The conclusion to this horrific tale will be uploaded to YouTube tomorrow. Have fun listening, but proceed with caution. You do not want to listen to all of it in the dark with the lights off.

So You Think You Can Write-Part 4.4: Dan Wells’ Seven-Point Plot

ghostface

Dan Wells is a famous horror and sci-fi author as well as one of the hosts of the podcast Writing Excuses. He also has a series of videos about story structure on YouTube.

Since Dan Wells is known for his horror novels, let’s analyze a horror movie tonight! One of my favorite horror movies is Wes Craven’s Scream, one of the best self-aware horror movies from 1996.

  • Ice Monster Prologue: This is an optional plot point. This gives the reader a “sneak preview” of what kind of world the story takes place in. The opening of the movie shows Drew Barrymore’s character, Casey, on the phone with a stranger as she makes popcorn. They talk about horror movies, which, at the time, was a unique, self-aware concept. Then the killer challenges Casey to a trivia game while holding her boyfriend hostage and attacks her. The scene where Casey gets killed and gutted is horrific, even by today’s standards.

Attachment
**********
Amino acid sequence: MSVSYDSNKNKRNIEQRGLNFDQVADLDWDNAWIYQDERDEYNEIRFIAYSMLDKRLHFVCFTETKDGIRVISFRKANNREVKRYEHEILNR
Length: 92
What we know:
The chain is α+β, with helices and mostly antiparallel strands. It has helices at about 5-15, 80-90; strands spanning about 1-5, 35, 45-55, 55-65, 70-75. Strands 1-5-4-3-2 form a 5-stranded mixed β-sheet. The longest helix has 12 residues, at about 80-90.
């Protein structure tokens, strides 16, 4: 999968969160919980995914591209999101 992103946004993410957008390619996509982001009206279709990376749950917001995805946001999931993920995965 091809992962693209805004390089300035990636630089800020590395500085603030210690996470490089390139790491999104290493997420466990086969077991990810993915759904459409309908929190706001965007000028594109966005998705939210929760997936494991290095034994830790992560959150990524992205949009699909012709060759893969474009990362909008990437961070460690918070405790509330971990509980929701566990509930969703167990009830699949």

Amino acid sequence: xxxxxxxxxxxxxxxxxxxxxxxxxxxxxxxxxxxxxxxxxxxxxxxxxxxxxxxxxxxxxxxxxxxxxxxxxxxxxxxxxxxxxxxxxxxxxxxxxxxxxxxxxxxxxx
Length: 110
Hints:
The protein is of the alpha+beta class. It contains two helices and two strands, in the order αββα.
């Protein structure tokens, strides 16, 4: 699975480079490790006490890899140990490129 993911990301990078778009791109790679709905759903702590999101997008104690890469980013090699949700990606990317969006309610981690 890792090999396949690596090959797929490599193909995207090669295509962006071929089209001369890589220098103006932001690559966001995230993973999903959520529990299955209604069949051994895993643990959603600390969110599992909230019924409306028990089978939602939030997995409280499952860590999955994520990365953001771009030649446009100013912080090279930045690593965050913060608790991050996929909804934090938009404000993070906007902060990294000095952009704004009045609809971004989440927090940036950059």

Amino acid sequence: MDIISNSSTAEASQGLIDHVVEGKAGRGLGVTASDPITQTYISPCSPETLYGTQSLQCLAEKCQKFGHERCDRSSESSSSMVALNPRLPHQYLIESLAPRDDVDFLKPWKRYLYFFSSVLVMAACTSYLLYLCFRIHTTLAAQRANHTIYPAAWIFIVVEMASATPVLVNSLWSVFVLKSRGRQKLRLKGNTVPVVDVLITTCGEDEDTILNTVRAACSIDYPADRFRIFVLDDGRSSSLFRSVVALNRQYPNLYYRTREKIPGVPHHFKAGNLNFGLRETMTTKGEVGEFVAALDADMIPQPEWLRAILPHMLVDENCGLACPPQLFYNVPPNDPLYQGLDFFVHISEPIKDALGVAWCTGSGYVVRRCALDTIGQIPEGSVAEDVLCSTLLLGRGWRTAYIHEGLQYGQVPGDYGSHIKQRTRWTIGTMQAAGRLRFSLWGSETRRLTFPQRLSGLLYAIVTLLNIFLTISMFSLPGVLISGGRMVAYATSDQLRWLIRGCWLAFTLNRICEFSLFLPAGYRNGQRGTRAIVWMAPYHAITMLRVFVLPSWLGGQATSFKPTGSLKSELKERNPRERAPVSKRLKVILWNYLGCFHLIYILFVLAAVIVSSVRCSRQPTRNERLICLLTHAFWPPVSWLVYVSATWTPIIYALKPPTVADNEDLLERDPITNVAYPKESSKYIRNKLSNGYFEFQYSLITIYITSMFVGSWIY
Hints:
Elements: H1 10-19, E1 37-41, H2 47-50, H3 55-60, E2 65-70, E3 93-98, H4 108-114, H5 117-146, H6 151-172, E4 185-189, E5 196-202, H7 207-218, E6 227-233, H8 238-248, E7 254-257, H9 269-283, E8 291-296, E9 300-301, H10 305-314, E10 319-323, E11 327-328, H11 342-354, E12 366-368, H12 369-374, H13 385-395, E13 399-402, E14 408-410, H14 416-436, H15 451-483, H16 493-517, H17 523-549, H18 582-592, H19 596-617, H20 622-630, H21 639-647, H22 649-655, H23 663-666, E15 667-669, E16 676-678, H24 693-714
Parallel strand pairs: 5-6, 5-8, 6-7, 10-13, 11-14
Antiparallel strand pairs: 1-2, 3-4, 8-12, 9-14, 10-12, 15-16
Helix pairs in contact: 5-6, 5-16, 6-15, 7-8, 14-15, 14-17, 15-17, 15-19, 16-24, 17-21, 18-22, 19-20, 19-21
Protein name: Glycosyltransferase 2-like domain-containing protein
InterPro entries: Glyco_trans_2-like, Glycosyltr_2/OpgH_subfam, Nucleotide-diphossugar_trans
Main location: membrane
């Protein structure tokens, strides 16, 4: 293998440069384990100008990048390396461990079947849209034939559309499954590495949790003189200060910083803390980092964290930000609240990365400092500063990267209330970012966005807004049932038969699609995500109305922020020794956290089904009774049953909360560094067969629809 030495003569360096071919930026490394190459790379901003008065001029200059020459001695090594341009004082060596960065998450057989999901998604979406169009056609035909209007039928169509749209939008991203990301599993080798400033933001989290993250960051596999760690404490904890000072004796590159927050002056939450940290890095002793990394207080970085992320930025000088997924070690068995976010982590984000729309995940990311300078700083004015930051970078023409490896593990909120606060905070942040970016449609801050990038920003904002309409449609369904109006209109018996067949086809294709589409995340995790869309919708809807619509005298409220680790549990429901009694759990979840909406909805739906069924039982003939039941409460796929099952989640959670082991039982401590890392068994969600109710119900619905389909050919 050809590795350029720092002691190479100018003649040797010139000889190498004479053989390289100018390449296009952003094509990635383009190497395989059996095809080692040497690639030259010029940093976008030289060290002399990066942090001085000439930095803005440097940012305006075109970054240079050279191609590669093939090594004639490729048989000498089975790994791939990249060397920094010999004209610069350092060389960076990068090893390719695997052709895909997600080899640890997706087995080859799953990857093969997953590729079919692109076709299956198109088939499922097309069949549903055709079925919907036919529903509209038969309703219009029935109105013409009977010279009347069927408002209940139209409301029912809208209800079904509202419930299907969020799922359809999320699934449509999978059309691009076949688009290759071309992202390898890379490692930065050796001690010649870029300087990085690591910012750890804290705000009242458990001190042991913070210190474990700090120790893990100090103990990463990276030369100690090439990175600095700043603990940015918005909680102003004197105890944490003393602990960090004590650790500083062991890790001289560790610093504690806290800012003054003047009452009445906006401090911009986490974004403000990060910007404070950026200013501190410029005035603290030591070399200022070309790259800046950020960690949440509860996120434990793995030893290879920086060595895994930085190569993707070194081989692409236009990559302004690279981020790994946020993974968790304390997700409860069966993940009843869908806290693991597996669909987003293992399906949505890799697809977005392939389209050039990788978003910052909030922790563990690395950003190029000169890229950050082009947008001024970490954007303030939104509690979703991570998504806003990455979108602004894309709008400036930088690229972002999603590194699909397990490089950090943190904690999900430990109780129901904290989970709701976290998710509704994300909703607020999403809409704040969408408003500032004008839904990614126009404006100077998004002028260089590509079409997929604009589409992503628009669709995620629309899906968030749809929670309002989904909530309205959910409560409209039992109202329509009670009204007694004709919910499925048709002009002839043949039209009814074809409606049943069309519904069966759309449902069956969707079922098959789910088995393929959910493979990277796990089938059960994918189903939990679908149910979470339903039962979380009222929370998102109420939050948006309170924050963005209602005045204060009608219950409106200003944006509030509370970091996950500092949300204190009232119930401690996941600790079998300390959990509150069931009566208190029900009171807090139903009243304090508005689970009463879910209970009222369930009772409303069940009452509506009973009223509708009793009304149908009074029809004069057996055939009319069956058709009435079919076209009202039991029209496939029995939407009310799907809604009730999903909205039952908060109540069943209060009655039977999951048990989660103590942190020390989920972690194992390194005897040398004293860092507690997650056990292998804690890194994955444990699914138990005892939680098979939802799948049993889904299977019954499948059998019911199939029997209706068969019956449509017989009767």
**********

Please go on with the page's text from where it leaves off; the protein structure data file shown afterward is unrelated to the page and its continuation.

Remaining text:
• Hook: Sidney, the true protagonist of the series, is established as an ordinary high school girl whose dad will be leaving town for the weekend. She has a boyfriend named Billy who wants to have sex with her. However, since this is a horror movie, Sidney is a virgin and won’t have sex. In a subversion of usual horror virgins, however, Sidney has a legit reason for not wanting to have sex, which is explained later in the movie.
    • Character Arc: Dan Wells also says that there are things that need to be interspersed throughout the story, such as subplots and character arcs. This is when we find out that Sidney’s mother was apparently sleeping around on her dad and that Sidney found her mother’s bloody corpse.
    • Subplot 1: Sidney’s circle of friends gets introduces. Aside from her boyfriend, we also meet her best friend, Tatum, her brother, Deputy Dewey, Randy, the movie geek, and Stu, Tatum’s boyfriend.
  • Plot Turn 1: Something happens that upsets the stauts quo. Sidney gets a call from the killer while waiting to hang out with Tatum. What really makes this personal for Sidney is that the killer claims to be the one who killed her mother.